Atlantic Council Board Member and Scowcroft Center Distinguished Fellow Franklin Kramer cowrites for The Hill’s Congress Blog on utilizing sanctions as a response to cyber attacks:
Sanctioning North Korea in response to last year’s hack of Sony was only, as the Obama administration has stated, a “first step.” But utilizing sanctions much more broadly in response to cyber attacks could offer significantly more effective responses to the ever-increasing cyber industrial espionage threat facing the United States.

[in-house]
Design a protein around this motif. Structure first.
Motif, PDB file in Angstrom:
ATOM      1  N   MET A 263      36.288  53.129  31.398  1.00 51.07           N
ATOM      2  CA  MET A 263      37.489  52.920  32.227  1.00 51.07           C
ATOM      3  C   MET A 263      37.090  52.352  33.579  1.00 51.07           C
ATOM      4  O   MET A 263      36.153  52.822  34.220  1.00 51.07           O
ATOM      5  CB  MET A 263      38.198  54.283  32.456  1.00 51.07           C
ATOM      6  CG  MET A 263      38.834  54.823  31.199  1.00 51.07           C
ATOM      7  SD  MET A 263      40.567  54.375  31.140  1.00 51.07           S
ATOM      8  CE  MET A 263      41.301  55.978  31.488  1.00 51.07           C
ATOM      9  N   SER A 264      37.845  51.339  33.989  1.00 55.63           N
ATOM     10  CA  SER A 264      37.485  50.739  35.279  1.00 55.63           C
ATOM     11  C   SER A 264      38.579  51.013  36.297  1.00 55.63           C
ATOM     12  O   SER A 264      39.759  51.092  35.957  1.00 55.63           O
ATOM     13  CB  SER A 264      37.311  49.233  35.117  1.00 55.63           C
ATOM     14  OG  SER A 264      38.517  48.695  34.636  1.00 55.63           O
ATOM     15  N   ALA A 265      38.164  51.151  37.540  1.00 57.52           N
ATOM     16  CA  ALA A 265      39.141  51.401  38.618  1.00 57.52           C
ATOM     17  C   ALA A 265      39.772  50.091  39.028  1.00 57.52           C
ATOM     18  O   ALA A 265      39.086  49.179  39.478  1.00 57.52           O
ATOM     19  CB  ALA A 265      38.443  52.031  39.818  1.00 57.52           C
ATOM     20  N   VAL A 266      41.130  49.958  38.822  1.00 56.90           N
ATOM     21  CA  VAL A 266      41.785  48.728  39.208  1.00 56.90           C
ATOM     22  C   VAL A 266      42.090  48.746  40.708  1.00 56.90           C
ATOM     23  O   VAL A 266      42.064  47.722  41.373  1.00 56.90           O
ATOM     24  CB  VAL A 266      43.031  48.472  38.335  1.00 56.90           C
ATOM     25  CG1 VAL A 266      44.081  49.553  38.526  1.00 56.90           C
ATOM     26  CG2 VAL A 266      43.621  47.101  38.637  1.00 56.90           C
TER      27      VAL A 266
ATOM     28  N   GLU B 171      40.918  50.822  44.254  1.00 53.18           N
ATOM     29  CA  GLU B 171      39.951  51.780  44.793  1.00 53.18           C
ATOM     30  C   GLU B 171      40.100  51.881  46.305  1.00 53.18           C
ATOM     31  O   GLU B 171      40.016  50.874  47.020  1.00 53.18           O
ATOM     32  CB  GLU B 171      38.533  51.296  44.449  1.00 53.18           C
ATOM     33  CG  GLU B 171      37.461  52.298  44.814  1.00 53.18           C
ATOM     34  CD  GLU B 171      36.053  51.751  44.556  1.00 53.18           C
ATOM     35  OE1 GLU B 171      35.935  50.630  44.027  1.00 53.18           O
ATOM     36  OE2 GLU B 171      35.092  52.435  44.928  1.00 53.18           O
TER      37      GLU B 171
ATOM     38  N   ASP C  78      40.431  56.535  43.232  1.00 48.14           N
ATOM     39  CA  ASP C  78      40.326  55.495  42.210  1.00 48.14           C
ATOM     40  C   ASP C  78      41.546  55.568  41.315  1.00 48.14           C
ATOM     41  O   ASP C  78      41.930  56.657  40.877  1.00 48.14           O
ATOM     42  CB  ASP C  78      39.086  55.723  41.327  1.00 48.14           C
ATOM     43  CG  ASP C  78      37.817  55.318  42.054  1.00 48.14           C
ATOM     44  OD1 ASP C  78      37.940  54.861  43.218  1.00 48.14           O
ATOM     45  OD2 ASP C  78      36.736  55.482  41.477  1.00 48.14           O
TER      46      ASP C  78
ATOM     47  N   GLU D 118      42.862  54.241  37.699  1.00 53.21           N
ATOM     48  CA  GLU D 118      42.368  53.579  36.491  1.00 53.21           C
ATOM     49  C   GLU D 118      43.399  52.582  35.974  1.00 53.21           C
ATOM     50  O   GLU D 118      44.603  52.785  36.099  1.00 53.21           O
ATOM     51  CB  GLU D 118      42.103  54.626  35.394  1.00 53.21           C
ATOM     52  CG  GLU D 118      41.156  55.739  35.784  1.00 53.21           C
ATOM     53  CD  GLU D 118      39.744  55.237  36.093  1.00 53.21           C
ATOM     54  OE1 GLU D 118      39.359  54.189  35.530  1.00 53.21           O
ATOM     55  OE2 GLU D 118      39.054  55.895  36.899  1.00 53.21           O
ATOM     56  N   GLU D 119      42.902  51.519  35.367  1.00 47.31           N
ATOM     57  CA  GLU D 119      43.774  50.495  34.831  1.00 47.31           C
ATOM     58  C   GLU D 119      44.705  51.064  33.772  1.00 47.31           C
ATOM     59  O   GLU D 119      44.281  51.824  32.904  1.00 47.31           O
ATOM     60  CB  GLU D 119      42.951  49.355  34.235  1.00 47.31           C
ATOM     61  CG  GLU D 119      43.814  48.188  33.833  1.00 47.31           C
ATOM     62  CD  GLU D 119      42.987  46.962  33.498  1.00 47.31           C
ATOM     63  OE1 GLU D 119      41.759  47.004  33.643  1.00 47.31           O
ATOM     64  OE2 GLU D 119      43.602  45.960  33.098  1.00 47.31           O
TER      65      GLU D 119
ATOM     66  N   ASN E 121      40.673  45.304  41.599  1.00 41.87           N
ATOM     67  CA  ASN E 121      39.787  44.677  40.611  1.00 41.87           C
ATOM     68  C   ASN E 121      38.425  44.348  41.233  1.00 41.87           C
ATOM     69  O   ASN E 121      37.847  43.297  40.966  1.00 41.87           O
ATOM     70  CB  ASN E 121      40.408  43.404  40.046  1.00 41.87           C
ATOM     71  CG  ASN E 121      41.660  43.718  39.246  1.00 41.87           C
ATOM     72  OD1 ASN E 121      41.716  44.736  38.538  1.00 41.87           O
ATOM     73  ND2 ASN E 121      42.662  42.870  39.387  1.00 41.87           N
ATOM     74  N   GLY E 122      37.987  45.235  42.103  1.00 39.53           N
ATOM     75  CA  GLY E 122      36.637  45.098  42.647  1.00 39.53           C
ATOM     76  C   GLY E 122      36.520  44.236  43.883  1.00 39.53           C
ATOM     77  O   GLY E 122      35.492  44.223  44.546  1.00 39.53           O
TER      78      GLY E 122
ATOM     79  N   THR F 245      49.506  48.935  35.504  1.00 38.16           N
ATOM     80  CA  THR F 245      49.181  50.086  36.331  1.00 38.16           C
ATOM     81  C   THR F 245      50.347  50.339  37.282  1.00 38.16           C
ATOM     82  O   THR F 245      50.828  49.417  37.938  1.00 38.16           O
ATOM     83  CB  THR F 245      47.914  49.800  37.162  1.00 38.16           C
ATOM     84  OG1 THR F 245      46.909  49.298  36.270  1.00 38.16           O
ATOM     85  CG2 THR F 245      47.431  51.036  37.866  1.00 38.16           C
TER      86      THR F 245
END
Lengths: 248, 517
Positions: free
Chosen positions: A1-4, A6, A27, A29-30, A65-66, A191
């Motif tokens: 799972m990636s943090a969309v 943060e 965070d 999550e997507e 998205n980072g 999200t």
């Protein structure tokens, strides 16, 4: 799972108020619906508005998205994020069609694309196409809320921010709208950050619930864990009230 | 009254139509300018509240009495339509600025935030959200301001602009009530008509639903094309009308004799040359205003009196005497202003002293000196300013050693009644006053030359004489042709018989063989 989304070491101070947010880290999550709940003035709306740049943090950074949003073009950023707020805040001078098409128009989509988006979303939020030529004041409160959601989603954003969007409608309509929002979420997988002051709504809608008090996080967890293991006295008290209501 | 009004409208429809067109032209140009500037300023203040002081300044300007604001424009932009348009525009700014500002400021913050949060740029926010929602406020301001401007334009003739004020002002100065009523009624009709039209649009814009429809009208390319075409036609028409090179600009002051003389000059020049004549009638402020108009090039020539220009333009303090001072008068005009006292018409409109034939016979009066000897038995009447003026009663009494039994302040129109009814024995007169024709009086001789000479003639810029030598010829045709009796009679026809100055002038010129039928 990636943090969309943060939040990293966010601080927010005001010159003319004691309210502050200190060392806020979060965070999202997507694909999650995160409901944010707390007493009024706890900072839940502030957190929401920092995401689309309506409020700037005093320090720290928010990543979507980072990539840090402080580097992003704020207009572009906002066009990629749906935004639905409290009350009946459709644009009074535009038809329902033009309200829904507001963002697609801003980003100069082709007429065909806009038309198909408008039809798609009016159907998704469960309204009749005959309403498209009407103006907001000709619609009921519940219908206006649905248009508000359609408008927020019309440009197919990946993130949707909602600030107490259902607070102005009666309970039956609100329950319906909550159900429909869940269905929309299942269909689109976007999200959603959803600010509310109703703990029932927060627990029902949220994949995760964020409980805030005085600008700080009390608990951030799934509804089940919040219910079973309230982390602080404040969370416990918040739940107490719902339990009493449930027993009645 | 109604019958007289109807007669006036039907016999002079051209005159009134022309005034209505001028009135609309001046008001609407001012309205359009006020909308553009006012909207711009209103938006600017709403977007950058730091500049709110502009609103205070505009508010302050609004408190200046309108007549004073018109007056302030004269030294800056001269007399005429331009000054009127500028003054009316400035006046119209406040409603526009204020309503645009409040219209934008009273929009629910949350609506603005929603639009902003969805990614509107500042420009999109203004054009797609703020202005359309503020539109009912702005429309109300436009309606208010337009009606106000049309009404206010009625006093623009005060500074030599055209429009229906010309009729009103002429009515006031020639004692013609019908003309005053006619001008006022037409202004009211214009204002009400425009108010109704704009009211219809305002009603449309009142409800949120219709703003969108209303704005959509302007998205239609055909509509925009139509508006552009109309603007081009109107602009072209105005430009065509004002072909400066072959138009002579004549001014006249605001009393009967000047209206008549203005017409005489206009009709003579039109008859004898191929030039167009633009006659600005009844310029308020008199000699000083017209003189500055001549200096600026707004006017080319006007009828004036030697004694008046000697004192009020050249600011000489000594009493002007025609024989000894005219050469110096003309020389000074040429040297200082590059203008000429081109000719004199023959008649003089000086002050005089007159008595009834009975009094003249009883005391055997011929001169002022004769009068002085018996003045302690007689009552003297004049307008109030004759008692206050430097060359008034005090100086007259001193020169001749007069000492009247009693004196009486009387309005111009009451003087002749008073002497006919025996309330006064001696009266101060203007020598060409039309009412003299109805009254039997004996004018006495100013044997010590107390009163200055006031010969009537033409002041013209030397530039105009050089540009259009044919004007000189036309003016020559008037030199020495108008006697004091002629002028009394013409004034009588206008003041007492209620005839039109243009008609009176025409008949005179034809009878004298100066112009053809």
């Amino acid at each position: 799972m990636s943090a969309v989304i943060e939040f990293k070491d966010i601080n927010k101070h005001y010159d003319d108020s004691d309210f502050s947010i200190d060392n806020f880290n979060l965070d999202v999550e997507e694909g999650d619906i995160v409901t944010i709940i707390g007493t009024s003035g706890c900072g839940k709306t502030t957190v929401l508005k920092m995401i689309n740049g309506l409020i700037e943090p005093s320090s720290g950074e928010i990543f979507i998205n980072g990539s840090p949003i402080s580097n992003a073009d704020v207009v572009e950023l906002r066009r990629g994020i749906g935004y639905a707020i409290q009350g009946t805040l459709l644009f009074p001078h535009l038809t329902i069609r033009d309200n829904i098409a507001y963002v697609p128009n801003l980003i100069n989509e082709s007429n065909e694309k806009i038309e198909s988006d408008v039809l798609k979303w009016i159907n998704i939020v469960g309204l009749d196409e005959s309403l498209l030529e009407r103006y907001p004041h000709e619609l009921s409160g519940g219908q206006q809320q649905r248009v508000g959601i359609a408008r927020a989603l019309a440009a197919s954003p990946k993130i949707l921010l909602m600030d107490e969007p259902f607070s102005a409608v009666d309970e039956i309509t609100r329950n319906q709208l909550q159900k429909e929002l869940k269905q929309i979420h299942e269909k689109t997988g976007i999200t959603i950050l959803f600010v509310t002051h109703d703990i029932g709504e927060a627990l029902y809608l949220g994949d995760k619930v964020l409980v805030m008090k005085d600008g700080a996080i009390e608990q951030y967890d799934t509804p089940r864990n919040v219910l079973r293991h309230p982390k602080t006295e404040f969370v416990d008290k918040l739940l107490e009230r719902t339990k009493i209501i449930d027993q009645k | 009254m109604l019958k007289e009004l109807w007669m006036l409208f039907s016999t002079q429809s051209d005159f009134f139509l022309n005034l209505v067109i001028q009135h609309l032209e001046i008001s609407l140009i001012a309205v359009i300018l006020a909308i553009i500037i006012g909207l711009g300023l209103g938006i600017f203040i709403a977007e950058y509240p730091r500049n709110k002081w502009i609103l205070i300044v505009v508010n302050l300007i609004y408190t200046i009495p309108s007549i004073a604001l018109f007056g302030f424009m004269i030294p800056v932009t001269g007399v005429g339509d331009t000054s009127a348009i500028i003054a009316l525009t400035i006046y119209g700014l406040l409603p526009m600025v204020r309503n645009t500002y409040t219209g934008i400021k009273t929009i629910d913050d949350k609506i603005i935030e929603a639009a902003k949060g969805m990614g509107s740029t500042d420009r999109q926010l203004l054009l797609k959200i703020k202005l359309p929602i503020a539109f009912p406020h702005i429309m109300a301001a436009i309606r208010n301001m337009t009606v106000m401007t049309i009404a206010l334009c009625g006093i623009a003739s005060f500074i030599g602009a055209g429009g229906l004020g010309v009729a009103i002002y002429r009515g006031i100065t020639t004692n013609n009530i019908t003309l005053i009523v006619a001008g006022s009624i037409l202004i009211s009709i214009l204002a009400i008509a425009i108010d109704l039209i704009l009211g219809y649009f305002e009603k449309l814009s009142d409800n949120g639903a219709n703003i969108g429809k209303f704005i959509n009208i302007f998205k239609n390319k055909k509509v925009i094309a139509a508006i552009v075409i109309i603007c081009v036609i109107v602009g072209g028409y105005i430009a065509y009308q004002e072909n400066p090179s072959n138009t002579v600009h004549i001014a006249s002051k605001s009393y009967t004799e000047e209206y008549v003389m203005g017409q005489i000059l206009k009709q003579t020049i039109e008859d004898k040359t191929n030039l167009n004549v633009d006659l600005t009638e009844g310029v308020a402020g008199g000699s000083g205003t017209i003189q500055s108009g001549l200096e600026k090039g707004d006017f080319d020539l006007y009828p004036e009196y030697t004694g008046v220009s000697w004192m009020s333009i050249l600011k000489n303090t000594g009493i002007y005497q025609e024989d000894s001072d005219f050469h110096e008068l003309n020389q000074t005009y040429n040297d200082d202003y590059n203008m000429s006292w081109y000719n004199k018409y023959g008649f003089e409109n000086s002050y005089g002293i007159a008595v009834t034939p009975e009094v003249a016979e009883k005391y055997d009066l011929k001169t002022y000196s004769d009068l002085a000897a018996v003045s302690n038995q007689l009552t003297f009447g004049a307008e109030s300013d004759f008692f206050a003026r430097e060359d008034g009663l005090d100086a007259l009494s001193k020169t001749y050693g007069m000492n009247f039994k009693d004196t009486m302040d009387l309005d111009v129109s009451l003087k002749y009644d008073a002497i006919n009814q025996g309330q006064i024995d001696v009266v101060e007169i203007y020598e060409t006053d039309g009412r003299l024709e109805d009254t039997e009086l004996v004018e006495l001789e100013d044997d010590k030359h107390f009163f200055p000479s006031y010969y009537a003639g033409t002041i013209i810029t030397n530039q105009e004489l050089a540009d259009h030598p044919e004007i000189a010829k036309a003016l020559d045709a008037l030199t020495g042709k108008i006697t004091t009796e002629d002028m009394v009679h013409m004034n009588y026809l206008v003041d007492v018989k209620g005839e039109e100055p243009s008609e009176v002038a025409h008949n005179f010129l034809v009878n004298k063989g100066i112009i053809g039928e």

Working together, the administration and Congress could reshape the cyber battlefield by establishing a full-blown sanctions regime designed to impose real costs on cyber hackers and their governmental sponsors. Cyber sanctions would be most effective if Congress established (1) new governmental authority to block imports of products containing stolen U.S. technology and freeze assets of firms and sponsors engaging in cyber espionage, and (2) civil remedies enabling victimized businesses to recover both costs and punitive damages as a deterrent to cyber industrial hacking. The United States has long utilized sanctions as a key element of national security policy in the counterterrorism and nonproliferation arenas. Expanded cyber sanctions could be used in a comparable fashion to both raise the cost to malicious hackers and send a strong geopolitical signal to countries that encourage or actively support malicious hacking.